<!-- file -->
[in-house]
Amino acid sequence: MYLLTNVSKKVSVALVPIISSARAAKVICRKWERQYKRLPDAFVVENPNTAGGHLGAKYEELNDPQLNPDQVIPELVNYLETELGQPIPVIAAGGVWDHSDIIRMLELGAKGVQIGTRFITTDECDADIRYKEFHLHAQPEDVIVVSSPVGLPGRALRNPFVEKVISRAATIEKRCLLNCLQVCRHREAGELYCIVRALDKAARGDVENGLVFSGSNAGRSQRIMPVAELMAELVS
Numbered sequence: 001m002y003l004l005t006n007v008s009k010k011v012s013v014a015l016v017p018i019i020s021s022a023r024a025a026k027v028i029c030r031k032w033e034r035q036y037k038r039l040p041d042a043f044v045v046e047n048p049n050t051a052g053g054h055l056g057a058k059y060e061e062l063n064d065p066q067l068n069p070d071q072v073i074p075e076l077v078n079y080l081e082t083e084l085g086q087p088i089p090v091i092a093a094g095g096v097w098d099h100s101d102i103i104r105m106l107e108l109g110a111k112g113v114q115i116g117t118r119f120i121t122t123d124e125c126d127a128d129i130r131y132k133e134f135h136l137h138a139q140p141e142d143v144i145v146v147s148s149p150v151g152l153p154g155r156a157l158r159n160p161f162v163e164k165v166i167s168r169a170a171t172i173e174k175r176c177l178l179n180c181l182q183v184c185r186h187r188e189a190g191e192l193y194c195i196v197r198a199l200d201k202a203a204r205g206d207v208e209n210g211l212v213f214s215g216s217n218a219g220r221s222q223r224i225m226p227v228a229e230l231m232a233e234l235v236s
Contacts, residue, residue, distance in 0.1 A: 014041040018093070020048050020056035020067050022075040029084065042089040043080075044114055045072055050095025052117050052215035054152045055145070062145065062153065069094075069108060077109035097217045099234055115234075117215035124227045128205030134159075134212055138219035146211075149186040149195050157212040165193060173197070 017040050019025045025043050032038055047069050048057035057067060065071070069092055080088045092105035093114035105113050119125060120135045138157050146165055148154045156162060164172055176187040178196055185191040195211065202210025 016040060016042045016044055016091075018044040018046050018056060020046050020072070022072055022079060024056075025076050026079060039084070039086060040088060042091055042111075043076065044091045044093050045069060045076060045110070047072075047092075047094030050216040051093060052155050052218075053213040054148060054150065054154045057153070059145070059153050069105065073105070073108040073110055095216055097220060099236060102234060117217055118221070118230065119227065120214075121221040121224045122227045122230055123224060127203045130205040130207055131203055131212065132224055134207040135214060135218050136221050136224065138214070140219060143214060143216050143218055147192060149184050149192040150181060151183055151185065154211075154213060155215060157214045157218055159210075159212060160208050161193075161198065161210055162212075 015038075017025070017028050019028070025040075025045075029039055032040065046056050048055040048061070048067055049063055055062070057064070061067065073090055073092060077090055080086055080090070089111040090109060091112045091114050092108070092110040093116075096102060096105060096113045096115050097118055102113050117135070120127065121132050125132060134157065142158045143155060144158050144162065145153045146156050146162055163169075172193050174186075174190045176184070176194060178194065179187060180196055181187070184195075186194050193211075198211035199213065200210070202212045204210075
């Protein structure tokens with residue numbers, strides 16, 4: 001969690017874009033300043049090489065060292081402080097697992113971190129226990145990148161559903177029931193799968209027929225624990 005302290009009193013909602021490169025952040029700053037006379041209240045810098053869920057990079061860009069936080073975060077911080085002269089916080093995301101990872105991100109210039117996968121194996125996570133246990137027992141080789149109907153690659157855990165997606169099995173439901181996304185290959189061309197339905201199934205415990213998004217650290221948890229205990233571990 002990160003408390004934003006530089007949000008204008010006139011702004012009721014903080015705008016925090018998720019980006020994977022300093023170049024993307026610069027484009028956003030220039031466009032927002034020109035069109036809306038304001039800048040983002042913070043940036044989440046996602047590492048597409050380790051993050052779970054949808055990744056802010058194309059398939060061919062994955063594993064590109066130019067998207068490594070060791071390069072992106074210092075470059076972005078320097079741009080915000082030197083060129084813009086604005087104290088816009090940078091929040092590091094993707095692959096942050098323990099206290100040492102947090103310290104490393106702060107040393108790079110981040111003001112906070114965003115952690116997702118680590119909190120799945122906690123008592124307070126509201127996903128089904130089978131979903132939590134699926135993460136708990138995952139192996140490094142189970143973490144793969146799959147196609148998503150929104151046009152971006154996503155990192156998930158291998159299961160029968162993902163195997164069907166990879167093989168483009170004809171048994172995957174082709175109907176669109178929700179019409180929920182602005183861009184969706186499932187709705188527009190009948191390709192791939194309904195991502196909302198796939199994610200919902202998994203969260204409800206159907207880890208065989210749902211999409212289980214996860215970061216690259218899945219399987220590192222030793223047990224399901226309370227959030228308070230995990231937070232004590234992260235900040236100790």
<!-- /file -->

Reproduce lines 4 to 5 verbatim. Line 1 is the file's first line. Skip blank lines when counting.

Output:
Contacts, residue, residue, distance in 0.1 A: 014041040018093070020048050020056035020067050022075040029084065042089040043080075044114055045072055050095025052117050052215035054152045055145070062145065062153065069094075069108060077109035097217045099234055115234075117215035124227045128205030134159075134212055138219035146211075149186040149195050157212040165193060173197070 017040050019025045025043050032038055047069050048057035057067060065071070069092055080088045092105035093114035105113050119125060120135045138157050146165055148154045156162060164172055176187040178196055185191040195211065202210025 016040060016042045016044055016091075018044040018046050018056060020046050020072070022072055022079060024056075025076050026079060039084070039086060040088060042091055042111075043076065044091045044093050045069060045076060045110070047072075047092075047094030050216040051093060052155050052218075053213040054148060054150065054154045057153070059145070059153050069105065073105070073108040073110055095216055097220060099236060102234060117217055118221070118230065119227065120214075121221040121224045122227045122230055123224060127203045130205040130207055131203055131212065132224055134207040135214060135218050136221050136224065138214070140219060143214060143216050143218055147192060149184050149192040150181060151183055151185065154211075154213060155215060157214045157218055159210075159212060160208050161193075161198065161210055162212075 015038075017025070017028050019028070025040075025045075029039055032040065046056050048055040048061070048067055049063055055062070057064070061067065073090055073092060077090055080086055080090070089111040090109060091112045091114050092108070092110040093116075096102060096105060096113045096115050097118055102113050117135070120127065121132050125132060134157065142158045143155060144158050144162065145153045146156050146162055163169075172193050174186075174190045176184070176194060178194065179187060180196055181187070184195075186194050193211075198211035199213065200210070202212045204210075
């Protein structure tokens with residue numbers, strides 16, 4: 001969690017874009033300043049090489065060292081402080097697992113971190129226990145990148161559903177029931193799968209027929225624990 005302290009009193013909602021490169025952040029700053037006379041209240045810098053869920057990079061860009069936080073975060077911080085002269089916080093995301101990872105991100109210039117996968121194996125996570133246990137027992141080789149109907153690659157855990165997606169099995173439901181996304185290959189061309197339905201199934205415990213998004217650290221948890229205990233571990 002990160003408390004934003006530089007949000008204008010006139011702004012009721014903080015705008016925090018998720019980006020994977022300093023170049024993307026610069027484009028956003030220039031466009032927002034020109035069109036809306038304001039800048040983002042913070043940036044989440046996602047590492048597409050380790051993050052779970054949808055990744056802010058194309059398939060061919062994955063594993064590109066130019067998207068490594070060791071390069072992106074210092075470059076972005078320097079741009080915000082030197083060129084813009086604005087104290088816009090940078091929040092590091094993707095692959096942050098323990099206290100040492102947090103310290104490393106702060107040393108790079110981040111003001112906070114965003115952690116997702118680590119909190120799945122906690123008592124307070126509201127996903128089904130089978131979903132939590134699926135993460136708990138995952139192996140490094142189970143973490144793969146799959147196609148998503150929104151046009152971006154996503155990192156998930158291998159299961160029968162993902163195997164069907166990879167093989168483009170004809171048994172995957174082709175109907176669109178929700179019409180929920182602005183861009184969706186499932187709705188527009190009948191390709192791939194309904195991502196909302198796939199994610200919902202998994203969260204409800206159907207880890208065989210749902211999409212289980214996860215970061216690259218899945219399987220590192222030793223047990224399901226309370227959030228308070230995990231937070232004590234992260235900040236100790």